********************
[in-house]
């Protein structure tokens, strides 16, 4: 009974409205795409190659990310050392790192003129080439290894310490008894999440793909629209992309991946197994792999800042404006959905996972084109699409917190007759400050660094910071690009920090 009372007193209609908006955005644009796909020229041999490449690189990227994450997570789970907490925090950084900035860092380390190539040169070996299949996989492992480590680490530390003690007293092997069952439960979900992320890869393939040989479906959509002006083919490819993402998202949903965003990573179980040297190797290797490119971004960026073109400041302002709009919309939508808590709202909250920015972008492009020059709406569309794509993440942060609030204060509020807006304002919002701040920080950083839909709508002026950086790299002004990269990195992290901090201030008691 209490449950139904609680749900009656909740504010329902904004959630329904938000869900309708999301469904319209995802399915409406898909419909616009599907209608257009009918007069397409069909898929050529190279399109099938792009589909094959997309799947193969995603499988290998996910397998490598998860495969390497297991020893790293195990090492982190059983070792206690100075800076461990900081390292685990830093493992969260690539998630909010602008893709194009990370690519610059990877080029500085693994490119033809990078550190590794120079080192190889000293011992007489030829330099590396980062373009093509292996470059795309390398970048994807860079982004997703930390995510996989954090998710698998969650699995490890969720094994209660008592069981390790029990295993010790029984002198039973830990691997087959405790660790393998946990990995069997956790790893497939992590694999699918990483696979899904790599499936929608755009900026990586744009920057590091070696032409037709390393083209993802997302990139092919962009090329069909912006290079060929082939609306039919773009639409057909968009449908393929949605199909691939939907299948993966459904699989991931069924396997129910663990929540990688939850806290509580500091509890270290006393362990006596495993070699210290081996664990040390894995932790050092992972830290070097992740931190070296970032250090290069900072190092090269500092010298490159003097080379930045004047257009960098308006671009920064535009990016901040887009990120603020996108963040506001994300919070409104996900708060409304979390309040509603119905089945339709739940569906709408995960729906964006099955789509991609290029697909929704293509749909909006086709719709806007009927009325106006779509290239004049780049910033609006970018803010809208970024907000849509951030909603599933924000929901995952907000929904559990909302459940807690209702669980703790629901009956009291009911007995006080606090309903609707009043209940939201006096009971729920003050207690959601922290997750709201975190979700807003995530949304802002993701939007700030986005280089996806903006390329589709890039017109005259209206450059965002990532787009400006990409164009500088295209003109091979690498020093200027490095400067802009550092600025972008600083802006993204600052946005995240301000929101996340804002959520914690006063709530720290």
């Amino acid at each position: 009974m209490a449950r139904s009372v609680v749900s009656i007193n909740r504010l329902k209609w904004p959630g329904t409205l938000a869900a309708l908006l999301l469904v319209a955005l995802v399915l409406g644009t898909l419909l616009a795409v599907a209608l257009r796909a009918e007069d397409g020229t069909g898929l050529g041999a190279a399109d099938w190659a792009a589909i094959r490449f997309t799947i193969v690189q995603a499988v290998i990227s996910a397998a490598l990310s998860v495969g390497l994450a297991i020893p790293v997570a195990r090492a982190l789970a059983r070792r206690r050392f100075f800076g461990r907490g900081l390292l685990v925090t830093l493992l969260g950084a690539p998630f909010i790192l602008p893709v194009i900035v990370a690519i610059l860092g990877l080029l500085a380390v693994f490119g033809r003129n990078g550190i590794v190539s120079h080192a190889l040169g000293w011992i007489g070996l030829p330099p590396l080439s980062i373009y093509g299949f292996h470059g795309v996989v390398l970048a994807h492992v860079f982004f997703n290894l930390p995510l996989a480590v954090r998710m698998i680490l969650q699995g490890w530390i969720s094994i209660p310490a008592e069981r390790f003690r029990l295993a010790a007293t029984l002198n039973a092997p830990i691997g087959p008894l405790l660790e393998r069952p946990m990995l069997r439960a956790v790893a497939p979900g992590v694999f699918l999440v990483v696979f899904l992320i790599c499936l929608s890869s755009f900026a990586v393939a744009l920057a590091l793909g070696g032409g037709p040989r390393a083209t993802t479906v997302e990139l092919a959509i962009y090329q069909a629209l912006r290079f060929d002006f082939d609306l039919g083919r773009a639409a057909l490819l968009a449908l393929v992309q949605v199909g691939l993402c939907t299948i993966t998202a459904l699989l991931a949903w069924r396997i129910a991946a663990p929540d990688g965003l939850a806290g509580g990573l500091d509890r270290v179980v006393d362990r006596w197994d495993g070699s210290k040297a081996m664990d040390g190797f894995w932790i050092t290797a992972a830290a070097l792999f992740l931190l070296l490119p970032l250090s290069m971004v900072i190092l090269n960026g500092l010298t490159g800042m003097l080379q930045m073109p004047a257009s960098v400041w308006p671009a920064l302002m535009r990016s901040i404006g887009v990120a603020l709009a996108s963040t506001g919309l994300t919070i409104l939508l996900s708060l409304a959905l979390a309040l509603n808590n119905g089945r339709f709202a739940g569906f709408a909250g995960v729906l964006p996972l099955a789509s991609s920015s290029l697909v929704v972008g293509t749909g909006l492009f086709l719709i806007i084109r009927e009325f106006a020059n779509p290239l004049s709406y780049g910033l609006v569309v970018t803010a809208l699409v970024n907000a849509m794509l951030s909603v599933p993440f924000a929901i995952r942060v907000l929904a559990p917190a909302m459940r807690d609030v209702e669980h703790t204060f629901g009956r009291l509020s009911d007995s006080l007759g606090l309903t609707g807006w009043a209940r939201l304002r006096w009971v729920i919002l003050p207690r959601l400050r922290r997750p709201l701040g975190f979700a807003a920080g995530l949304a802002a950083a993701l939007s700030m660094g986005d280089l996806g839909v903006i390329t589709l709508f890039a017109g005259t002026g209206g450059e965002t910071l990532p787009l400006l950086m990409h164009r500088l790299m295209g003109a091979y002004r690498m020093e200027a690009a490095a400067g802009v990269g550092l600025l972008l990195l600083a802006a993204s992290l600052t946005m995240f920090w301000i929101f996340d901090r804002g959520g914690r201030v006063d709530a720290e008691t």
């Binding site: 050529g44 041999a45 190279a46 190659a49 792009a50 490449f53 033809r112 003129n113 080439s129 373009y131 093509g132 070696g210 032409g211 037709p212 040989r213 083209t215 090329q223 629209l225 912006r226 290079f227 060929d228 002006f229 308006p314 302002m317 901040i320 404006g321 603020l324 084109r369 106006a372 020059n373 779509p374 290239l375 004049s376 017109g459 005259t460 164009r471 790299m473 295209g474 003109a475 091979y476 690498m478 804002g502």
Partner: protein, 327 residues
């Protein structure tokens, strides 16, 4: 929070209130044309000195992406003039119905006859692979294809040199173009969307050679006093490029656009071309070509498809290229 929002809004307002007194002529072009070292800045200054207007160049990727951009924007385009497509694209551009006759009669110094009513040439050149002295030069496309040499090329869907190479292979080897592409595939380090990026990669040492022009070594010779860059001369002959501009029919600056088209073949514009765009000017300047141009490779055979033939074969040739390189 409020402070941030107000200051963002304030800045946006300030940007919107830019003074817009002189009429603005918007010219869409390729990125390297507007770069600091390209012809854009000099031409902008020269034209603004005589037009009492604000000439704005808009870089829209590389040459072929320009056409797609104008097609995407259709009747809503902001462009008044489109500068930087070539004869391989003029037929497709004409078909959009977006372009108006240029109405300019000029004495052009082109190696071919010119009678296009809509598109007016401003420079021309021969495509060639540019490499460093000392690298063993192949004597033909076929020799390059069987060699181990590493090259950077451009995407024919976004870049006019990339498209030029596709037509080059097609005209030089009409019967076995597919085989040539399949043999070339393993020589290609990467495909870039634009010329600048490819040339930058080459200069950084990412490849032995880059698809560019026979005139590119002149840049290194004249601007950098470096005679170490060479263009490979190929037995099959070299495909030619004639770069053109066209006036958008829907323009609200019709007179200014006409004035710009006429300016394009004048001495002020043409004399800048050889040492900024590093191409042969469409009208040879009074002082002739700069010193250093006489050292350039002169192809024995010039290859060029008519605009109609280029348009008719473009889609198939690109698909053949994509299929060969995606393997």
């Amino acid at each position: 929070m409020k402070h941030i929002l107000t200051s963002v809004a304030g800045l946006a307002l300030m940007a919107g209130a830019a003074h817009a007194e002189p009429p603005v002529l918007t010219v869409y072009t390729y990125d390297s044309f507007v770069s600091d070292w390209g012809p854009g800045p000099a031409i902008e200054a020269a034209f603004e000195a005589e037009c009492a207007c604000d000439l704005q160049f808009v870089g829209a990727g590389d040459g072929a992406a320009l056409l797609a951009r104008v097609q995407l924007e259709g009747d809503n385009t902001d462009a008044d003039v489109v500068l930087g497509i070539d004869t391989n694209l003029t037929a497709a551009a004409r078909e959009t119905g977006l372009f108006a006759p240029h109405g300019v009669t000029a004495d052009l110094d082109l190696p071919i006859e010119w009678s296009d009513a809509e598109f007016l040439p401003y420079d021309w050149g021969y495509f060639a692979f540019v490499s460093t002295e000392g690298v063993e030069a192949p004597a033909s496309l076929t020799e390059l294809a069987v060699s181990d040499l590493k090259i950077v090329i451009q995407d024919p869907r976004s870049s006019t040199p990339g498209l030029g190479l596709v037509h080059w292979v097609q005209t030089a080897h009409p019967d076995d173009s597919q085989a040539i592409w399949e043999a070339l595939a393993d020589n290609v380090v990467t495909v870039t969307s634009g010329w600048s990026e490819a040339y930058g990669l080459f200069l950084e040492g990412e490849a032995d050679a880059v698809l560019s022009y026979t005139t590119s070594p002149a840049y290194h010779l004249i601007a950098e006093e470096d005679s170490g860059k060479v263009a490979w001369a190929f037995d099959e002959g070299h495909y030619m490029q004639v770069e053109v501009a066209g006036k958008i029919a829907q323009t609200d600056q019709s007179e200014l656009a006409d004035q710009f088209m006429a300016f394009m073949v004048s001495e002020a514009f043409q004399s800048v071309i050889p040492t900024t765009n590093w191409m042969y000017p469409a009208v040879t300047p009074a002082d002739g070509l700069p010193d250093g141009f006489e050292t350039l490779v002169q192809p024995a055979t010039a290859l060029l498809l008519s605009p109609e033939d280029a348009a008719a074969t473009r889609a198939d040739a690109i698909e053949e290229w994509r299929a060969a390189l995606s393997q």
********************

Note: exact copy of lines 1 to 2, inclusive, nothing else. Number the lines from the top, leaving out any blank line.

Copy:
[in-house]
């Protein structure tokens, strides 16, 4: 009974409205795409190659990310050392790192003129080439290894310490008894999440793909629209992309991946197994792999800042404006959905996972084109699409917190007759400050660094910071690009920090 009372007193209609908006955005644009796909020229041999490449690189990227994450997570789970907490925090950084900035860092380390190539040169070996299949996989492992480590680490530390003690007293092997069952439960979900992320890869393939040989479906959509002006083919490819993402998202949903965003990573179980040297190797290797490119971004960026073109400041302002709009919309939508808590709202909250920015972008492009020059709406569309794509993440942060609030204060509020807006304002919002701040920080950083839909709508002026950086790299002004990269990195992290901090201030008691 209490449950139904609680749900009656909740504010329902904004959630329904938000869900309708999301469904319209995802399915409406898909419909616009599907209608257009009918007069397409069909898929050529190279399109099938792009589909094959997309799947193969995603499988290998996910397998490598998860495969390497297991020893790293195990090492982190059983070792206690100075800076461990900081390292685990830093493992969260690539998630909010602008893709194009990370690519610059990877080029500085693994490119033809990078550190590794120079080192190889000293011992007489030829330099590396980062373009093509292996470059795309390398970048994807860079982004997703930390995510996989954090998710698998969650699995490890969720094994209660008592069981390790029990295993010790029984002198039973830990691997087959405790660790393998946990990995069997956790790893497939992590694999699918990483696979899904790599499936929608755009900026990586744009920057590091070696032409037709390393083209993802997302990139092919962009090329069909912006290079060929082939609306039919773009639409057909968009449908393929949605199909691939939907299948993966459904699989991931069924396997129910663990929540990688939850806290509580500091509890270290006393362990006596495993070699210290081996664990040390894995932790050092992972830290070097992740931190070296970032250090290069900072190092090269500092010298490159003097080379930045004047257009960098308006671009920064535009990016901040887009990120603020996108963040506001994300919070409104996900708060409304979390309040509603119905089945339709739940569906709408995960729906964006099955789509991609290029697909929704293509749909909006086709719709806007009927009325106006779509290239004049780049910033609006970018803010809208970024907000849509951030909603599933924000929901995952907000929904559990909302459940807690209702669980703790629901009956009291009911007995006080606090309903609707009043209940939201006096009971729920003050207690959601922290997750709201975190979700807003995530949304802002993701939007700030986005280089996806903006390329589709890039017109005259209206450059965002990532787009400006990409164009500088295209003109091979690498020093200027490095400067802009550092600025972008600083802006993204600052946005995240301000929101996340804002959520914690006063709530720290």